Another interesting thing is the way of buying tickets. If someone enters the marshrutka through the back door, s/he gives the passenger in front of him/her the destination and money, and both of them are given to the next person at the front until the money with the information reach the driver. The driver gives back the change, which is again transported the same way back to the person who paid for the ride. Nothing is lost on the way, everyone helps each other.
For marshrutka and its driver everything is possible. Many times while traveling by marshrutka the driver has one hand on the steering wheel, or even none. Also when avoiding road obstacles marshrutka is equal to Jeeps and Land Rowers, though often during these maneuvers, I was wondering if its not about time to say goodbye to my precious life. Additionally, on highways marshrutka overtook Audis and BMWs, which was a big surprise for me.
It is worth highlighting that according to Ukrainian law, marshrutkas and buses should only transport seating passengers. At this point, it is essential to add that almost no one obeys this regulation.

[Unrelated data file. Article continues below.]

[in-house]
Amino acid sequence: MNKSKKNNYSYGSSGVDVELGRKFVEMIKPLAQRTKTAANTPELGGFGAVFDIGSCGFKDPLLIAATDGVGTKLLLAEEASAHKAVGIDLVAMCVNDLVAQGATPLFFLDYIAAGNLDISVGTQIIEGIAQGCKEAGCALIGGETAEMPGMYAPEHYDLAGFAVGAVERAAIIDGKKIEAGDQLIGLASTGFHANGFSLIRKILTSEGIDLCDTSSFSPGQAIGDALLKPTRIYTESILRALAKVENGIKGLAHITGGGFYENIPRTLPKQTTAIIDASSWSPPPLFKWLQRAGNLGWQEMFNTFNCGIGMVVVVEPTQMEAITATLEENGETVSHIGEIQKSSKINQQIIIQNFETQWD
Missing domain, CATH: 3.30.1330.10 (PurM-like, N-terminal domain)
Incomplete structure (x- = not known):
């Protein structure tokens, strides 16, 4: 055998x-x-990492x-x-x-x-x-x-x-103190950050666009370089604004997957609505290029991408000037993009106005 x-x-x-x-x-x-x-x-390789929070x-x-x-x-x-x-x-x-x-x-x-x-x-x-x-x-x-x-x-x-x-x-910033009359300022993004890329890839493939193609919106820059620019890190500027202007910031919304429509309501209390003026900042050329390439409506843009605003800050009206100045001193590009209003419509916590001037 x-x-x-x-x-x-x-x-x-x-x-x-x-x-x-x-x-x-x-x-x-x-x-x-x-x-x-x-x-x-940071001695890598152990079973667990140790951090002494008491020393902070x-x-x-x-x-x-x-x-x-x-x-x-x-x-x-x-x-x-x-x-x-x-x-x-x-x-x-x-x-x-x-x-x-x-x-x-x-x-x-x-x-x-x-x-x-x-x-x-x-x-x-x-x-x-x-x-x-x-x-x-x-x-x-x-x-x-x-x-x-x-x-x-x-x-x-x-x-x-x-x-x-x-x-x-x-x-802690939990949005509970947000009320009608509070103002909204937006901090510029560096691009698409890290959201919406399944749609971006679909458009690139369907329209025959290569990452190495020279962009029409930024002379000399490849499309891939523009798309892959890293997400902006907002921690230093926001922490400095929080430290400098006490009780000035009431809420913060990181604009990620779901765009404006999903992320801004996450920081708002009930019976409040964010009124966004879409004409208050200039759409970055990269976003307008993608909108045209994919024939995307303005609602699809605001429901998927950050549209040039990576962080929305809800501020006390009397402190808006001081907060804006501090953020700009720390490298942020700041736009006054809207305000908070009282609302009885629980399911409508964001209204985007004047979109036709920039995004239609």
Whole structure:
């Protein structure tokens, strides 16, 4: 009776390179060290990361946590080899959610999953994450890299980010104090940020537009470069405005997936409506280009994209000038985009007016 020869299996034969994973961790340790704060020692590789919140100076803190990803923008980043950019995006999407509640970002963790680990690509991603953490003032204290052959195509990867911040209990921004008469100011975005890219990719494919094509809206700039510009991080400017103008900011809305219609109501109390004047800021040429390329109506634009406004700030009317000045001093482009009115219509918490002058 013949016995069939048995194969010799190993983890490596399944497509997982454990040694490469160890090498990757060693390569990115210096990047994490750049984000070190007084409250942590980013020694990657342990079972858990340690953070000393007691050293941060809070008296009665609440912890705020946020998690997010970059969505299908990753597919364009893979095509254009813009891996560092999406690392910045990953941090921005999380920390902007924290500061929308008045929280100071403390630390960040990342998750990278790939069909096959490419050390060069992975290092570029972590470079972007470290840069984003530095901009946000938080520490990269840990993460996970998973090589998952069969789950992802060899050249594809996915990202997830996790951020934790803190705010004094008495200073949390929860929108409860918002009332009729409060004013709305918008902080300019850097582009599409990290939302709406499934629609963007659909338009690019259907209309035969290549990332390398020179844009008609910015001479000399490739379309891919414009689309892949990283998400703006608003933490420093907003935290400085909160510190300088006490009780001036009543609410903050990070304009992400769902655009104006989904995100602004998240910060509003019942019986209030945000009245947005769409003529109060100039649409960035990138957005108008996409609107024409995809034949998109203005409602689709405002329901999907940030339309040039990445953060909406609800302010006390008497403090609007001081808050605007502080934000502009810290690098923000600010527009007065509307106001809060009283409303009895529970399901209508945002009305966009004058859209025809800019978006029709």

While sitting in the marshrutka, I had the opportunity to admire the local architecture. Houses, though modest and often shabby, had fancy window niches and other decorations, and colorful façades – usually green or blue. I also learned from my friends that the eastern Polish architecture is similar.
Almost every household bred chickens, goats, only a few had a horse. Near many households there were still used wells, though I have no confirmation as to whether residents have access to a water supply system. Often an Orthodox dome towered above the village – the more distinctive in landscape that painted in bright colors or gold, and with clean, renovated walls.
After 3 hours of ride for 10 PLN per person, rich in new experiences, we reached our first major stop – Lviv. What I saw there and what captivated me – I will reveal in the next post dedicated to our trip to Ukraine. Enjoy!